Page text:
The Genuine Faux Farm has been certified organic since 2007 and passed its organic inspection again for the growing season. We realize that the process for organic certification likely seems like a mystery for many. We also understand that most people only have a high-level (and likely inaccurate) idea of what it means to hold organic certification. What certainly does not help is that there have also been incidents where people who know better have abused organic rules and certification for their own profit.
We would like to try to make a real difference by improving understanding regarding the practices that a producer, such as ourselves, must consider for organic certification.
We hope you take a moment and learn something new (and perhaps interesting) today. Perhaps that new thing has to do with organic certification!
If you have interest, we have a post with links to older posts that address how we farm. If you want something more recent, this recent post includes a section on how we make choices to leave crop residue in the field.
It Starts With the Seeds
If you want to grow veggies, you either need seeds or starter plants. And, if you have even done a little bit of growing and have chanced a look at a seed catalog, you realize how quickly you could get overwhelmed by the choices available to you. I remember, in the days prior to the Genuine Faux Farm, that Tammy and I typically made choices based on how 'interested' we were based on a quick read of the text in a catalog. Over time, we started to identify a few favorites based on their performance in our gardens. But, really, the process was far from scientific. In fact, we admit that we were often swayed by a good name as much as anything!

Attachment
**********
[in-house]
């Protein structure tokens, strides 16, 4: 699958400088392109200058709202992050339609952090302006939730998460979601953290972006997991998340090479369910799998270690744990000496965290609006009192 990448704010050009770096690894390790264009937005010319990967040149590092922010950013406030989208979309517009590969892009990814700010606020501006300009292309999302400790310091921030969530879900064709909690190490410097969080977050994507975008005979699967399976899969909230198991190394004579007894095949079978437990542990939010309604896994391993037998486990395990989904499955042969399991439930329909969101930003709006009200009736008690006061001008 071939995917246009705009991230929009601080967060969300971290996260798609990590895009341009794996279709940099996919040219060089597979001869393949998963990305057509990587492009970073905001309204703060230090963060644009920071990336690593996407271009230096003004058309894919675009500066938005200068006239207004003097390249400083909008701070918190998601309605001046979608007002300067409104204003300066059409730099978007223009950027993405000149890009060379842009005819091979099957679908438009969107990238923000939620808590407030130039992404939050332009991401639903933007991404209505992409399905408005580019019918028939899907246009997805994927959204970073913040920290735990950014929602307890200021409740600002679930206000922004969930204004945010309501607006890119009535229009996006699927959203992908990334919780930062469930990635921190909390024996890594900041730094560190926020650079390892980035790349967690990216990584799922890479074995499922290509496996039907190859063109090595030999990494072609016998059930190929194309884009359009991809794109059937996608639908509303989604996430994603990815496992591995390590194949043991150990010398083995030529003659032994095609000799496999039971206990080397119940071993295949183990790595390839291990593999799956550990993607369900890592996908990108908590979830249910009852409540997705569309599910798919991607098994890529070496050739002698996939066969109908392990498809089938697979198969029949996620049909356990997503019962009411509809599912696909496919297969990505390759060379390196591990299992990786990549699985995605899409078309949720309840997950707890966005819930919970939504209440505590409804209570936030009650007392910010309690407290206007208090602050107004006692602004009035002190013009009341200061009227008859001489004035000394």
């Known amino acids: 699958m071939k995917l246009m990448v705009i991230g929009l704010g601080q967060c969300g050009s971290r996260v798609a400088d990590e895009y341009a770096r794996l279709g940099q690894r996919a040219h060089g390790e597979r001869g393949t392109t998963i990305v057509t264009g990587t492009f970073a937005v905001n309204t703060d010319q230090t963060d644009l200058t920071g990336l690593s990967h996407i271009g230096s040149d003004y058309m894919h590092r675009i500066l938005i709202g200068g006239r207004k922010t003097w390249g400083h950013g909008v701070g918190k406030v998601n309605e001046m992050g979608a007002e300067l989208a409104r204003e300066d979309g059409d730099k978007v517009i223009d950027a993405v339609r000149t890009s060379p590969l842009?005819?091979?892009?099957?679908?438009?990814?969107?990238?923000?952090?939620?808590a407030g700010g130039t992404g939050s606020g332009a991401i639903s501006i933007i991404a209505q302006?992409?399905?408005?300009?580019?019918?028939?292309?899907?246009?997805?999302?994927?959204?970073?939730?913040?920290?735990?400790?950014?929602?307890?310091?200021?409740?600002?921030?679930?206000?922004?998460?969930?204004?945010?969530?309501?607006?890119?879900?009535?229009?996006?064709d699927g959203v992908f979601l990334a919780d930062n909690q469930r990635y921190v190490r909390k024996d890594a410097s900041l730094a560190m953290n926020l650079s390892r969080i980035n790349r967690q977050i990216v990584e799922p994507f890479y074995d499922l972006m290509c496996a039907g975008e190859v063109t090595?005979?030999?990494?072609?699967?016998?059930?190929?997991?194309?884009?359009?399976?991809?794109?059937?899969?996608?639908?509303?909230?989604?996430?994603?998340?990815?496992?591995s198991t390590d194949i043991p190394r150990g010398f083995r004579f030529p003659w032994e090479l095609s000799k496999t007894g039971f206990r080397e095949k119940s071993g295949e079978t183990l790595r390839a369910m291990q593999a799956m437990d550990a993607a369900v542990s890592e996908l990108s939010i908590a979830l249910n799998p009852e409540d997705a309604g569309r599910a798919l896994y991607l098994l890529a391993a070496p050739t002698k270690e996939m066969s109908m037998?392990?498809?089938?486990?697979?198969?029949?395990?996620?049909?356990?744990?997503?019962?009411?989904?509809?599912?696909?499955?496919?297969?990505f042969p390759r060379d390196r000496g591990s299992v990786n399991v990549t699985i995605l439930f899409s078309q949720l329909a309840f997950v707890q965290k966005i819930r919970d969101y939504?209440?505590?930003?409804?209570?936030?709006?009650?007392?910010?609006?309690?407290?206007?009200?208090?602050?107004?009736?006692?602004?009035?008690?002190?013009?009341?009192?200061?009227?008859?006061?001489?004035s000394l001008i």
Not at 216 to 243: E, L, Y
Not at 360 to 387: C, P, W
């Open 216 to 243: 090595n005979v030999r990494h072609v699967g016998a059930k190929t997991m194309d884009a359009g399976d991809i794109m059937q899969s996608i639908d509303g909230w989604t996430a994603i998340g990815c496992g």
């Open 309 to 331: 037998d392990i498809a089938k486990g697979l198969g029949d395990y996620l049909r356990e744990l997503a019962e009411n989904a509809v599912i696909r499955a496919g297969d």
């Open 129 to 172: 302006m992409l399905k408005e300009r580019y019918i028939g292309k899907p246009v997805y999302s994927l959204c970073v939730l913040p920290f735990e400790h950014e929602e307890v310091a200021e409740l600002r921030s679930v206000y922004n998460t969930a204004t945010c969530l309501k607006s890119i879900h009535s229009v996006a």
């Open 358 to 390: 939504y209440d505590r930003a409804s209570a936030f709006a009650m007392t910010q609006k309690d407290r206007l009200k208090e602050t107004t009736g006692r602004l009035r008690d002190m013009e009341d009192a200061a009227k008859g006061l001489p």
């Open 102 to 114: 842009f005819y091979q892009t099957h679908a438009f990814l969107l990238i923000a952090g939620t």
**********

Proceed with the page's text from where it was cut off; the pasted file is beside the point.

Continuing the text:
Oh look! Supersmeltz! That sounds like fun! Let's get a packet of that.
Once we became 'commercial' growers of vegetables, our perspectives started to change. We needed seed that resulted in plants that performed for us. And, by performance, I mean we needed to get a decent yield of product that looked good enough for people to buy AND it had to taste good. And that, is the simplified version of what we were looking for as our farm evolved.
Sometimes we were looking for plants that held themselves more upright than other varieties of the same vegetable. Sometimes we wanted smaller plants. Sometimes, we wanted more leaf cover. Smaller fruits. Bigger fruits. Sweeter taste. Tangier taste. Single harvest. Multiple harvest. Holding capacity of ripe fruit.
You get the picture.
But, when you are certified organic you have a little bit more to consider as well.
Seed Considerations for Our Certified Organic Farm
I thought we would start with part of our Organic System Plan from 2020. This is a form provided to us by our organic certifier.
The first thing to remember is that these forms are created for all types of growers. A row crop farmer may only have five to ten seed types to document. Our farm, on the other hand, included a list of 214 different seed types in 2020. And, that was a year where we were cutting back.
Ideally, a certified organic grower would identify a supply of certified organic seed for each and every crop to be grown during a given year. In and of itself, this is not so terribly hard to do if you have a limited number of crops and you are looking for some of the basic characteristics for success in a given crop. But, what happens if you grow multiple varieties for an extensive list of crops?
The Case of the Bunte Forellenschus Lettuce